Law Society rejects former Port Moody lawyer’s request for reinstatement

photo supplied Rob Cottingham

A disbarred lawyer who practised in Dubai and Newport Village failed to get back into the Law Society of B.C., following a recent tribunal decision.

Following a stint at Newport Law in Port Moody, lawyer Nida Chaudhry opened Infinite Law in 2012. As the sole practitioner, Chaudhry intentionally misappropriated money, according to the decision written by tribunal chair Chelsea D. Wilson.

Chaudhry made 13 withdrawals totaling $6,154 from her trust account when she wasn’t entitled to the funds, frequently using the money for personal and business expenses. On three occasions, Chaudhry made payments out of trust “in purported payment of fees” when she either hadn’t rendered the service or in an amount higher than billed.


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The misconduct was found out “during a routine compliance audit,” according to the decision.

Over an approximately 20-month span, Chaudhry made 62 withdrawals when there were insufficient funds held in trust. Frequently, Chaudhry made the withdrawals to pay her own accounts.

This resulted in trust shortages, some of which weren’t reported to the Law Society and weren’t squared for 674 days.

The shortages weren’t immediately entitled “apparently because [Chaudhry] did not maintain appropriate and required accounting records,” according to the decision.

Chaudhry used her own money to make full restitution.

After being disbarred in 2018, Chaudhry initially applied for Law Society reinstatement six weeks later.

“At the time she did not intend to return to British Columbia to practise law. Rather, she sought reinstatement for purposes of her employment in Dubai. “

However, Chaudhry left that application in abeyance until January 2021. She had received a job offer from Vancouver lawyer Robert Monterio, pending her reinstatement.

Monterio supported her reinstatement, attributing most of her troubles to not hiring “a proper legal bookkeeper and accountant,” in a letter on her behalf.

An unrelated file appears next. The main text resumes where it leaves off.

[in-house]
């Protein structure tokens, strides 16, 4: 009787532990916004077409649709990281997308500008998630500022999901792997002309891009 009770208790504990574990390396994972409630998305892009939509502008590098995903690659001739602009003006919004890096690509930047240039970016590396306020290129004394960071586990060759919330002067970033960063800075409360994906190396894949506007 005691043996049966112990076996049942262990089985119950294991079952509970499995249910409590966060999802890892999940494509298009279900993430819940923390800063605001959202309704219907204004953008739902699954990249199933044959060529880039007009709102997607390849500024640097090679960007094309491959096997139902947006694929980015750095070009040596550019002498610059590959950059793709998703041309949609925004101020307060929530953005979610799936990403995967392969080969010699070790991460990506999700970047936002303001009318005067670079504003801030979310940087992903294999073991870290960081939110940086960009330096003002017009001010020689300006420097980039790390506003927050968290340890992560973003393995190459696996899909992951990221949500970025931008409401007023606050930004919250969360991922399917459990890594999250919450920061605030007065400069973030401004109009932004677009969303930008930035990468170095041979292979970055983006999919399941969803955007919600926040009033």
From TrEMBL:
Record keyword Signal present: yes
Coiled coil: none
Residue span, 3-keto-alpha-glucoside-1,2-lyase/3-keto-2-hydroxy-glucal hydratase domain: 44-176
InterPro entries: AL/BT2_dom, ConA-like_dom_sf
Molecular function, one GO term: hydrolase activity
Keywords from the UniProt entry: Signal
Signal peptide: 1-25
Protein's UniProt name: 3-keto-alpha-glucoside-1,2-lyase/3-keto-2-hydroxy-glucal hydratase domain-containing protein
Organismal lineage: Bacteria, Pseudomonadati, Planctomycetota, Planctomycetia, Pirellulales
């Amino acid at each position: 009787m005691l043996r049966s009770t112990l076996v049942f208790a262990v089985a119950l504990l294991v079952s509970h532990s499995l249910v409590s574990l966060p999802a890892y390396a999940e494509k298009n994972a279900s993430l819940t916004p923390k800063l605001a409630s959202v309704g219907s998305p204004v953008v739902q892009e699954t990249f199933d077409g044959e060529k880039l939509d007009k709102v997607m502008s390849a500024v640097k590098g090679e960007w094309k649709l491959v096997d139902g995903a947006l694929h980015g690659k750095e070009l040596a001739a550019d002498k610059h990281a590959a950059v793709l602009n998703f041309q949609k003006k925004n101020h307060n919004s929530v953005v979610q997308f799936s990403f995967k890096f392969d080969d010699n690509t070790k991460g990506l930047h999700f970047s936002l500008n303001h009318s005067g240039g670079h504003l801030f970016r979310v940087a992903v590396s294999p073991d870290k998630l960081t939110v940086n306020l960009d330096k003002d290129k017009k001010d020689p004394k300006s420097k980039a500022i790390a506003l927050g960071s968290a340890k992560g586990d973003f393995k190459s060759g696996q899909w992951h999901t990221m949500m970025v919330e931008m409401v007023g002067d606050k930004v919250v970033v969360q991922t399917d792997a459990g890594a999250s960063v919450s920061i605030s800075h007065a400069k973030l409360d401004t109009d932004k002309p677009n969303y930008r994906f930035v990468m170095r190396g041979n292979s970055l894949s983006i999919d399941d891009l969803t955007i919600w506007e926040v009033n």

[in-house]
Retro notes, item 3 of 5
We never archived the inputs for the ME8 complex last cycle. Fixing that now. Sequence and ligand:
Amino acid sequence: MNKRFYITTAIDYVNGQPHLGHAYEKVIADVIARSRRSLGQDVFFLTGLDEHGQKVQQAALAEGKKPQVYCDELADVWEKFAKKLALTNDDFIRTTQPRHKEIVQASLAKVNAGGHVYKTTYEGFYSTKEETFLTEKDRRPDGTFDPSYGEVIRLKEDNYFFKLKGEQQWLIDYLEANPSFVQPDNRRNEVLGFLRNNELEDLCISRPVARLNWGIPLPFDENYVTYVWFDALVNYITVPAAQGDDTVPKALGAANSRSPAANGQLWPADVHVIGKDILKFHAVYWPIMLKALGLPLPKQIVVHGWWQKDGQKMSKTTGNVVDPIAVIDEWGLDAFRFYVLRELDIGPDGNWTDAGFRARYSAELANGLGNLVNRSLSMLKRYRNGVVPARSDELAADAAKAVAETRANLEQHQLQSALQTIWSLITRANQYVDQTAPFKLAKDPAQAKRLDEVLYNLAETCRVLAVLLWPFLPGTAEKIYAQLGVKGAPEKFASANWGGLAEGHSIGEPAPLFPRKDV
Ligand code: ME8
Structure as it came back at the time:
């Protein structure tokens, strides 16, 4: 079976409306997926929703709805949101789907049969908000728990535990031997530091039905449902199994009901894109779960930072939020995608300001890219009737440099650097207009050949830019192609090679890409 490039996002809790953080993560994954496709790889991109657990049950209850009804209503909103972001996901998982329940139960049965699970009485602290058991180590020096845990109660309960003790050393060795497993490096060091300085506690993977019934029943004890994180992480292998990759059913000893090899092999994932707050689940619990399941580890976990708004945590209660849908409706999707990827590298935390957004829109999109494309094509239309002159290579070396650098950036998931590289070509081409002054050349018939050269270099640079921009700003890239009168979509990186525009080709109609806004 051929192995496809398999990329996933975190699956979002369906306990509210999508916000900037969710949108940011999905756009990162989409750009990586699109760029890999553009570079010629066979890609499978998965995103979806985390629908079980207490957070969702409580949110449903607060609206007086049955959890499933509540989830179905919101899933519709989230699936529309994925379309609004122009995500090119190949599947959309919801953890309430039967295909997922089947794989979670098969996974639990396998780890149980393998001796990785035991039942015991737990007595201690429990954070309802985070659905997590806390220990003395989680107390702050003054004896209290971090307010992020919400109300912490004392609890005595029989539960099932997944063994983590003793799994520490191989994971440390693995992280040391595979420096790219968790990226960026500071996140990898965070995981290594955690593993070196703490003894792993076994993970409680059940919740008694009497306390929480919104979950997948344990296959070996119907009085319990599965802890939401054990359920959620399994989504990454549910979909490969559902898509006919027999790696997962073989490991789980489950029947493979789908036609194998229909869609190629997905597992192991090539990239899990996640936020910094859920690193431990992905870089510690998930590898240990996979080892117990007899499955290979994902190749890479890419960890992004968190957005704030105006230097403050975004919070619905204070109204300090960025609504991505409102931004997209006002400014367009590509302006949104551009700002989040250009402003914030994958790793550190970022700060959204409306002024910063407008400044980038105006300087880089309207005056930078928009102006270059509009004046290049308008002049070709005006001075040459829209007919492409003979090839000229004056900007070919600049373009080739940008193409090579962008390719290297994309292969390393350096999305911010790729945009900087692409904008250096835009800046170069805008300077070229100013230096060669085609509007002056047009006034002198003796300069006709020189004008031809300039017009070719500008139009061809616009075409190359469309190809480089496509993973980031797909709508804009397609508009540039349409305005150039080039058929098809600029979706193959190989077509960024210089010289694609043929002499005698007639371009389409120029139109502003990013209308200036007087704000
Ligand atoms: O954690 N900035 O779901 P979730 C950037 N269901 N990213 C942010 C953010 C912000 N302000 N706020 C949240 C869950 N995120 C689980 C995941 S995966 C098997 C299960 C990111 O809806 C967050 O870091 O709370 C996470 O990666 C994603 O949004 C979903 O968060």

“I believe if Ms. Chaudhry is given a second chance, she will fully comply with the rules, laws and guidelines of our profession. I also believe Ms. Chaudhry, despite her admitted flaws, to be a person of honesty and good character,” he wrote.

Purging guilt

Early in the reinstatement hearing, Chaudhry contended her misconduct “did not involve dishonesty.”

This constitutes “a very different and contradictory view of past misconduct she admitted,” Wilson wrote.

Previously, during the discipline panel’s finding, Chaudhry admitted to committing “intentional misappropriation.”

While acknowledging Chaudhry purged her guilt, showed genuine remorse has matured since the misconduct, Wilson emphasized how hard it is hard to regain the privilege to practise law.

“Public confidence in the legal profession is more important than the fortunes of any one lawyer,” Wilson wrote.

Ultimately, her bid for reinstatement was rejected.

“After considering all of the evidence, we conclude that granting [Chaudhry] reinstatement on conditions would not provide an adequate level of public protection,” Wilson concluded.

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